Polysaccharides Glycogen • • Chapter 4 Sometimes called animal starch because it is the storage form of glucose in the body Hormone glucagon helps liver convert glycogen to glucose as needed Copyright © 2003 Delmar Learning, a Thomson Learning company 26

Polysaccharides Fiber • • • Chapter 4 It is indigestible because it cannot be

Polysaccharides Fiber • • • Chapter 4 It is indigestible because it cannot be broken down be digestive enzymes Insoluble: does not readily dissolve in water (cellulose, hemicellulose, lignins) Soluble: dissolves in water (gums, pectins, some hemicellulose, mucilages) Copyright © 2003 Delmar Learning, a Thomson Learning company 27

Polysaccharides: Sources Glycogen Starch • Cereals, grains, potatoes, corn, beans, yams Dextrins • Chapter

Polysaccharides: Sources Glycogen Starch • Cereals, grains, potatoes, corn, beans, yams Dextrins • Chapter 4 Starch hydrolysis • Glucose stored in liver and muscles Cellulose • Wheat bran, whole-grain cereals, fruits, green and leafy vegetables Copyright © 2003 Delmar Learning, a Thomson Learning company 28

Digestion and Absorption: Monosaccharides Simple sugars absorbed directly into bloodstream Carried to the liver;

Digestion and Absorption: Monosaccharides Simple sugars absorbed directly into bloodstream Carried to the liver; fructose and galactose changed to glucose Glucose carried to cells Chapter 4 Copyright © 2003 Delmar Learning, a Thomson Learning company 29

Digestion and Absorption: Disaccharides Enzymes sucrase, maltase, lactase convert sucrose, maltose, lactose to simple

Digestion and Absorption: Disaccharides Enzymes sucrase, maltase, lactase convert sucrose, maltose, lactose to simple sugars. Simple sugars absorbed directly into bloodstream Carried to the liver; fructose and galactose changed to glucose Glucose carried to cells Chapter 4 Copyright © 2003 Delmar Learning, a Thomson Learning company 30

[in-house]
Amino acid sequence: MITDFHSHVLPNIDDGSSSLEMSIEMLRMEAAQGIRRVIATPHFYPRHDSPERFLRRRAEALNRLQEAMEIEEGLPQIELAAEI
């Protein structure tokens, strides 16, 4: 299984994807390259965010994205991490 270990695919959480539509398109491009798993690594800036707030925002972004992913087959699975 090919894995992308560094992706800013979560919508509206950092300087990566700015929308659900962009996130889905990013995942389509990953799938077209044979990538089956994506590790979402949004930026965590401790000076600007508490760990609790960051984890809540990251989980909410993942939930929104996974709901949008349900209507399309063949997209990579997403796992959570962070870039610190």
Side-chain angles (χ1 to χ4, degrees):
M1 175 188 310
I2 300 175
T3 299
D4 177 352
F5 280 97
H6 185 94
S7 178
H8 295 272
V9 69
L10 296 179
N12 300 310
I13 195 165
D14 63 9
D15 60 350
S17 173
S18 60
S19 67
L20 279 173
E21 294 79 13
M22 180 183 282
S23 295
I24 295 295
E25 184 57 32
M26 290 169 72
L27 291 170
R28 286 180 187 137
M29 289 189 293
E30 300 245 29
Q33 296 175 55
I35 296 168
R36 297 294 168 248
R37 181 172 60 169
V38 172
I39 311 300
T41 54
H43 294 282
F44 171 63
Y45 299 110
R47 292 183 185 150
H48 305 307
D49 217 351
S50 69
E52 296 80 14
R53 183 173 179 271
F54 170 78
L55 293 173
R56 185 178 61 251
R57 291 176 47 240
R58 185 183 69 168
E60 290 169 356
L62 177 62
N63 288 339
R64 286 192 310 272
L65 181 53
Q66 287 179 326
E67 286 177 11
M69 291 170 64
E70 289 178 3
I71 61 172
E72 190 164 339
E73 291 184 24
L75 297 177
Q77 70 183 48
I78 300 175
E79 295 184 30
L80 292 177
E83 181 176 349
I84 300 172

Digestion and Absorption: Polysaccharides More complex; digestibility varies Cellulose wall broken down, starch changed

Digestion and Absorption: Polysaccharides More complex; digestibility varies Cellulose wall broken down, starch changed to intermediate product dextrin, then maltose, and finally glucose Starch digestion begins in mouth where the enzyme salivary amylase begins to change starch to dextrin Chapter 4 Copyright © 2003 Delmar Learning, a Thomson Learning company 31

Metabolism Islets of Langerhans in pancreas secrete insulin Insulin is the hormone that controls

Metabolism Islets of Langerhans in pancreas secrete insulin Insulin is the hormone that controls glucose metabolism Impaired or absent insulin secretion results in high blood glucose level (hyperglycemia) Low blood glucose level (hypoglycemia) Chapter 4 Copyright © 2003 Delmar Learning, a Thomson Learning company 32

Dietary Requirements Food and Nutrition Board of the National Research Council recommends: • •

Dietary Requirements Food and Nutrition Board of the National Research Council recommends: • • • Chapter 4 Half of one’s energy requirement should come from carbohydrates Complex carbohydrates preferred Weight loss and fatigue can result from a diet deficient in carbohydrates Copyright © 2003 Delmar Learning, a Thomson Learning company 33

Stop and Share Solve the following problem: A patient’s total energy requirement is 2,

Stop and Share Solve the following problem: A patient’s total energy requirement is 2, 000 kcal a day. How many grams of carbohydrate does this patient need per day? Chapter 4 Copyright © 2003 Delmar Learning, a Thomson Learning company 34

Stop and Share If a patient’s total energy requirement is 2, 000 kcal/day; ½

Stop and Share If a patient’s total energy requirement is 2, 000 kcal/day; ½ of these should be from carbohydrates. 2, 000 2 = 1, 000 kcal To figure out how many grams are needed, divide 1, 000 by 4 (4 calories per gram of carbohydrate). 1, 000 kcal 4 kcal/g = 250 grams Chapter 4 Copyright © 2003 Delmar Learning, a Thomson Learning company 35

Conclusion Carbohydrates provide energy. They should be the major source of energy. These nutrients

Conclusion Carbohydrates provide energy. They should be the major source of energy. These nutrients spare protein, maintain normal fat metabolism, and provide fiber. Excessive carbohydrate intake may lead to obesity, dental caries, and digestive disturbances. Chapter 4 Copyright © 2003 Delmar Learning, a Thomson Learning company 36